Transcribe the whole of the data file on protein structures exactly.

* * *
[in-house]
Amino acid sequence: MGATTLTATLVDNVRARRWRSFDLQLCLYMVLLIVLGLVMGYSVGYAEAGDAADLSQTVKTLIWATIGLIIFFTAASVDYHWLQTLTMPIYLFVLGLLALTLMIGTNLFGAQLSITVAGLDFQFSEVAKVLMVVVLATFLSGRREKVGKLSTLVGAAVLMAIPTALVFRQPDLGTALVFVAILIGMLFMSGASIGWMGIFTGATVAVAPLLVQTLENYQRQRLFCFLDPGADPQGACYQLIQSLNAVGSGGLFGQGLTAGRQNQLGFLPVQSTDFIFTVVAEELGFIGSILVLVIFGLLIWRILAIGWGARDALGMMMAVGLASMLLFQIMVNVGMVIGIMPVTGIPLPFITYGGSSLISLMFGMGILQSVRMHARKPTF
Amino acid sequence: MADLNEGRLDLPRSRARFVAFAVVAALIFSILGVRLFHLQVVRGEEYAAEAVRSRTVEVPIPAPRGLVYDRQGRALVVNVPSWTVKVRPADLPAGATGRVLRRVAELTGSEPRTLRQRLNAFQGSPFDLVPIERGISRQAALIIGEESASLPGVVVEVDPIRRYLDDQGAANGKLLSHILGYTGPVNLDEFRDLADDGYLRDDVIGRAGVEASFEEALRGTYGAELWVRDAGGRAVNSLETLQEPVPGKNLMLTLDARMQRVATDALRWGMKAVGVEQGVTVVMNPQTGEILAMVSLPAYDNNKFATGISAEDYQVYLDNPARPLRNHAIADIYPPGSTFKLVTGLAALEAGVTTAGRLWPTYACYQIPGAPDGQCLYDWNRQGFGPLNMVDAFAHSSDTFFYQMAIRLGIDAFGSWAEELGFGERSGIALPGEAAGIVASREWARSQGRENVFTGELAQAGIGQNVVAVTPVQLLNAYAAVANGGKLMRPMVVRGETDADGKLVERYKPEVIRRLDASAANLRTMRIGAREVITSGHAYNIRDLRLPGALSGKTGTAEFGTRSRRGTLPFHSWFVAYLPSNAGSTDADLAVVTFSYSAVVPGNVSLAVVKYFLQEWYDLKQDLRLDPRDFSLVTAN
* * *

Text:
[in-house]
Amino acid sequence: MGATTLTATLVDNVRARRWRSFDLQLCLYMVLLIVLGLVMGYSVGYAEAGDAADLSQTVKTLIWATIGLIIFFTAASVDYHWLQTLTMPIYLFVLGLLALTLMIGTNLFGAQLSITVAGLDFQFSEVAKVLMVVVLATFLSGRREKVGKLSTLVGAAVLMAIPTALVFRQPDLGTALVFVAILIGMLFMSGASIGWMGIFTGATVAVAPLLVQTLENYQRQRLFCFLDPGADPQGACYQLIQSLNAVGSGGLFGQGLTAGRQNQLGFLPVQSTDFIFTVVAEELGFIGSILVLVIFGLLIWRILAIGWGARDALGMMMAVGLASMLLFQIMVNVGMVIGIMPVTGIPLPFITYGGSSLISLMFGMGILQSVRMHARKPTF
Amino acid sequence: MADLNEGRLDLPRSRARFVAFAVVAALIFSILGVRLFHLQVVRGEEYAAEAVRSRTVEVPIPAPRGLVYDRQGRALVVNVPSWTVKVRPADLPAGATGRVLRRVAELTGSEPRTLRQRLNAFQGSPFDLVPIERGISRQAALIIGEESASLPGVVVEVDPIRRYLDDQGAANGKLLSHILGYTGPVNLDEFRDLADDGYLRDDVIGRAGVEASFEEALRGTYGAELWVRDAGGRAVNSLETLQEPVPGKNLMLTLDARMQRVATDALRWGMKAVGVEQGVTVVMNPQTGEILAMVSLPAYDNNKFATGISAEDYQVYLDNPARPLRNHAIADIYPPGSTFKLVTGLAALEAGVTTAGRLWPTYACYQIPGAPDGQCLYDWNRQGFGPLNMVDAFAHSSDTFFYQMAIRLGIDAFGSWAEELGFGERSGIALPGEAAGIVASREWARSQGRENVFTGELAQAGIGQNVVAVTPVQLLNAYAAVANGGKLMRPMVVRGETDADGKLVERYKPEVIRRLDASAANLRTMRIGAREVITSGHAYNIRDLRLPGALSGKTGTAEFGTRSRRGTLPFHSWFVAYLPSNAGSTDADLAVVTFSYSAVVPGNVSLAVVKYFLQEWYDLKQDLRLDPRDFSLVTAN